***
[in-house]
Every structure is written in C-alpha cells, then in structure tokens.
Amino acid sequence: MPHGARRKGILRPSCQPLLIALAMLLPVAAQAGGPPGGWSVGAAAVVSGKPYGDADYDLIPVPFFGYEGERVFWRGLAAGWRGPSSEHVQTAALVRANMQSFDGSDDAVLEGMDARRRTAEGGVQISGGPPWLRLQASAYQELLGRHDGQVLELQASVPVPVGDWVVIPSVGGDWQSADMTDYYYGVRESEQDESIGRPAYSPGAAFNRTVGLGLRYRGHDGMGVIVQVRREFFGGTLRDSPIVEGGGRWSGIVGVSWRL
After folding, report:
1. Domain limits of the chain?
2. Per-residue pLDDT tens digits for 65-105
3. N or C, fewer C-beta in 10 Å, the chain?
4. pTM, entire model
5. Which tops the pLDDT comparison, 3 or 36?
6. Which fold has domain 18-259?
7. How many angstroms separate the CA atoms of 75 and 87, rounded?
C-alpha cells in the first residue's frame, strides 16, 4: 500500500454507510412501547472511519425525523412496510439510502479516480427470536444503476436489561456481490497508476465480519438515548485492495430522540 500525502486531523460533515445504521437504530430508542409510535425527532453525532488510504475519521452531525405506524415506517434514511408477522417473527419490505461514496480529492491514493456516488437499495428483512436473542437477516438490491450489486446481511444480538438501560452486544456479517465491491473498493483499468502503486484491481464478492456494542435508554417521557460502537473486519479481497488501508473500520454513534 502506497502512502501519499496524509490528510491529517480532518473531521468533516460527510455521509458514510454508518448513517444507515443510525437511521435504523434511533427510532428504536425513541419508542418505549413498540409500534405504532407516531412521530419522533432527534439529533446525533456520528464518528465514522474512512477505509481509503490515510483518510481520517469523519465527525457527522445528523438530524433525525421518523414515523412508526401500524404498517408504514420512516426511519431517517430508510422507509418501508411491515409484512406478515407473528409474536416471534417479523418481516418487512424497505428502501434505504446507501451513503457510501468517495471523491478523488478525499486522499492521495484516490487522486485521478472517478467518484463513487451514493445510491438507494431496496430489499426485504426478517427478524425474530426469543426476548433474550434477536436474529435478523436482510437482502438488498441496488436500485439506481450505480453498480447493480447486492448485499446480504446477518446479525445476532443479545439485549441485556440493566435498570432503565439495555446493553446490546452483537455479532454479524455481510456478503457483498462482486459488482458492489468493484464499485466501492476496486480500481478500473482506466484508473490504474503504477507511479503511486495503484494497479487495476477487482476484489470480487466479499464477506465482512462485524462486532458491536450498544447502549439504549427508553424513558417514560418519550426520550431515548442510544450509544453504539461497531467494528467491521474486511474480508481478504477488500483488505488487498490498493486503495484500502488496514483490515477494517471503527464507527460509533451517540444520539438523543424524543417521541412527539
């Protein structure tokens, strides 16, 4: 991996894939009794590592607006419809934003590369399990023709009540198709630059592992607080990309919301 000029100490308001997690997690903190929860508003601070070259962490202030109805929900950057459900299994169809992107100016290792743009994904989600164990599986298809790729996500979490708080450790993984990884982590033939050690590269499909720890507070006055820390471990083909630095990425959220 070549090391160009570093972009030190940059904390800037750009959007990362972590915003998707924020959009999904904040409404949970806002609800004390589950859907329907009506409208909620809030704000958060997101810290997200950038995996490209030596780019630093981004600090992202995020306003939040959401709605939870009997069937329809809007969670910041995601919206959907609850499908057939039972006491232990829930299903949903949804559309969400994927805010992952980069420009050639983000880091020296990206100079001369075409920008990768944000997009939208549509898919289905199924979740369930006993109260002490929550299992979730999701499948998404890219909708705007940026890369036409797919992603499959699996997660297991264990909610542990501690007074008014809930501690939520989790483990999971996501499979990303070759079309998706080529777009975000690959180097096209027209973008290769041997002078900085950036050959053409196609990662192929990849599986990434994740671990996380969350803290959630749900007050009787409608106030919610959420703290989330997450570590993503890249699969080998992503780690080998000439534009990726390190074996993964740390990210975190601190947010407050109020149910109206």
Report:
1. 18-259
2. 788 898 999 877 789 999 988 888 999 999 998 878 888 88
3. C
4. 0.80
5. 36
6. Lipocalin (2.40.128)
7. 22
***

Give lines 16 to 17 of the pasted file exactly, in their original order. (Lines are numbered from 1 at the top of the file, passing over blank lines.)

2. 788 898 999 877 789 999 988 888 999 999 998 878 888 88
3. C